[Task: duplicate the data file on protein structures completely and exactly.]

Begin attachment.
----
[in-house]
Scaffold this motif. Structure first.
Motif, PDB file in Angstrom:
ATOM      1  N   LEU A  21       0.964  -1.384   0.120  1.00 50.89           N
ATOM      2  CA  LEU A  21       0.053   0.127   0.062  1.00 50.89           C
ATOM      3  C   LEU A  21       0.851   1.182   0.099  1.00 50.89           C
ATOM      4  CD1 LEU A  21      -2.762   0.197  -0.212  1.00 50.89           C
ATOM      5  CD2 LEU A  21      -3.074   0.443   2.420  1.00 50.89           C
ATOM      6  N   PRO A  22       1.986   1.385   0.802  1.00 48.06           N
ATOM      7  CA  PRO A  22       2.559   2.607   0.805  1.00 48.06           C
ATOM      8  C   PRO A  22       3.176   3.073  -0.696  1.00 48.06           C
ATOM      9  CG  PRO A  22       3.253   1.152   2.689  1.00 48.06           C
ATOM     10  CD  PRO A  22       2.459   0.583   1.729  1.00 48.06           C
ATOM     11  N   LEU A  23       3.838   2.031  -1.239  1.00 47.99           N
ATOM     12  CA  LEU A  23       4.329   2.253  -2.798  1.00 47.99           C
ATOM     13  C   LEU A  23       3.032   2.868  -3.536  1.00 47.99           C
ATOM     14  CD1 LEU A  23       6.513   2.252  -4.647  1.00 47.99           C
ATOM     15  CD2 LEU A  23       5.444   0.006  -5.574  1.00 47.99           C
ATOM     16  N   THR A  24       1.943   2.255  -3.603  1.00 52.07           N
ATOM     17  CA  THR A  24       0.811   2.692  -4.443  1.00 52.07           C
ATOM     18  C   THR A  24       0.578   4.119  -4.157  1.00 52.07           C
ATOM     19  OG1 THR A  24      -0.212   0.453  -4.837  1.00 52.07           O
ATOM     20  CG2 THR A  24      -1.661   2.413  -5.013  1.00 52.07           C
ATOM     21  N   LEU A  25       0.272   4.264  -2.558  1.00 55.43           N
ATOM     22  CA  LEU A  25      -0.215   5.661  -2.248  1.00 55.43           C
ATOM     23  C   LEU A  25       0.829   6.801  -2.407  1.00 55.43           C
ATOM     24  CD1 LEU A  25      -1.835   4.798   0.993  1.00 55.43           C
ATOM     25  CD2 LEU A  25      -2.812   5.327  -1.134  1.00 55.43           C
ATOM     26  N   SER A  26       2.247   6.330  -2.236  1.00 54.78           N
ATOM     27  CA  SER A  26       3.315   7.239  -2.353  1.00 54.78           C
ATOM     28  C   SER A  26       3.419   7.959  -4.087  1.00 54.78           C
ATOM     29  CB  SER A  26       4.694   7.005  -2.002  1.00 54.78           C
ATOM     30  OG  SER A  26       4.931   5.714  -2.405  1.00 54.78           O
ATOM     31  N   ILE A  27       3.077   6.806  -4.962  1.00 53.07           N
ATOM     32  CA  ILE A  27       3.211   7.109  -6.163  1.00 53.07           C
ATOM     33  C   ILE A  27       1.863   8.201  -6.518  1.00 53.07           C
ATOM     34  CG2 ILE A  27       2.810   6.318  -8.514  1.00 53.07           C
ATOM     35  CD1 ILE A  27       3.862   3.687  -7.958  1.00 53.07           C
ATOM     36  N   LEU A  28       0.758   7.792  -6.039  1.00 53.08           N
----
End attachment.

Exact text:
[in-house]
Scaffold this motif. Structure first.
Motif, PDB file in Angstrom:
ATOM      1  N   LEU A  21       0.964  -1.384   0.120  1.00 50.89           N
ATOM      2  CA  LEU A  21       0.053   0.127   0.062  1.00 50.89           C
ATOM      3  C   LEU A  21       0.851   1.182   0.099  1.00 50.89           C
ATOM      4  CD1 LEU A  21      -2.762   0.197  -0.212  1.00 50.89           C
ATOM      5  CD2 LEU A  21      -3.074   0.443   2.420  1.00 50.89           C
ATOM      6  N   PRO A  22       1.986   1.385   0.802  1.00 48.06           N
ATOM      7  CA  PRO A  22       2.559   2.607   0.805  1.00 48.06           C
ATOM      8  C   PRO A  22       3.176   3.073  -0.696  1.00 48.06           C
ATOM      9  CG  PRO A  22       3.253   1.152   2.689  1.00 48.06           C
ATOM     10  CD  PRO A  22       2.459   0.583   1.729  1.00 48.06           C
ATOM     11  N   LEU A  23       3.838   2.031  -1.239  1.00 47.99           N
ATOM     12  CA  LEU A  23       4.329   2.253  -2.798  1.00 47.99           C
ATOM     13  C   LEU A  23       3.032   2.868  -3.536  1.00 47.99           C
ATOM     14  CD1 LEU A  23       6.513   2.252  -4.647  1.00 47.99           C
ATOM     15  CD2 LEU A  23       5.444   0.006  -5.574  1.00 47.99           C
ATOM     16  N   THR A  24       1.943   2.255  -3.603  1.00 52.07           N
ATOM     17  CA  THR A  24       0.811   2.692  -4.443  1.00 52.07           C
ATOM     18  C   THR A  24       0.578   4.119  -4.157  1.00 52.07           C
ATOM     19  OG1 THR A  24      -0.212   0.453  -4.837  1.00 52.07           O
ATOM     20  CG2 THR A  24      -1.661   2.413  -5.013  1.00 52.07           C
ATOM     21  N   LEU A  25       0.272   4.264  -2.558  1.00 55.43           N
ATOM     22  CA  LEU A  25      -0.215   5.661  -2.248  1.00 55.43           C
ATOM     23  C   LEU A  25       0.829   6.801  -2.407  1.00 55.43           C
ATOM     24  CD1 LEU A  25      -1.835   4.798   0.993  1.00 55.43           C
ATOM     25  CD2 LEU A  25      -2.812   5.327  -1.134  1.00 55.43           C
ATOM     26  N   SER A  26       2.247   6.330  -2.236  1.00 54.78           N
ATOM     27  CA  SER A  26       3.315   7.239  -2.353  1.00 54.78           C
ATOM     28  C   SER A  26       3.419   7.959  -4.087  1.00 54.78           C
ATOM     29  CB  SER A  26       4.694   7.005  -2.002  1.00 54.78           C
ATOM     30  OG  SER A  26       4.931   5.714  -2.405  1.00 54.78           O
ATOM     31  N   ILE A  27       3.077   6.806  -4.962  1.00 53.07           N
ATOM     32  CA  ILE A  27       3.211   7.109  -6.163  1.00 53.07           C
ATOM     33  C   ILE A  27       1.863   8.201  -6.518  1.00 53.07           C
ATOM     34  CG2 ILE A  27       2.810   6.318  -8.514  1.00 53.07           C
ATOM     35  CD1 ILE A  27       3.862   3.687  -7.958  1.00 53.07           C
ATOM     36  N   LEU A  28       0.758   7.792  -6.039  1.00 53.08           N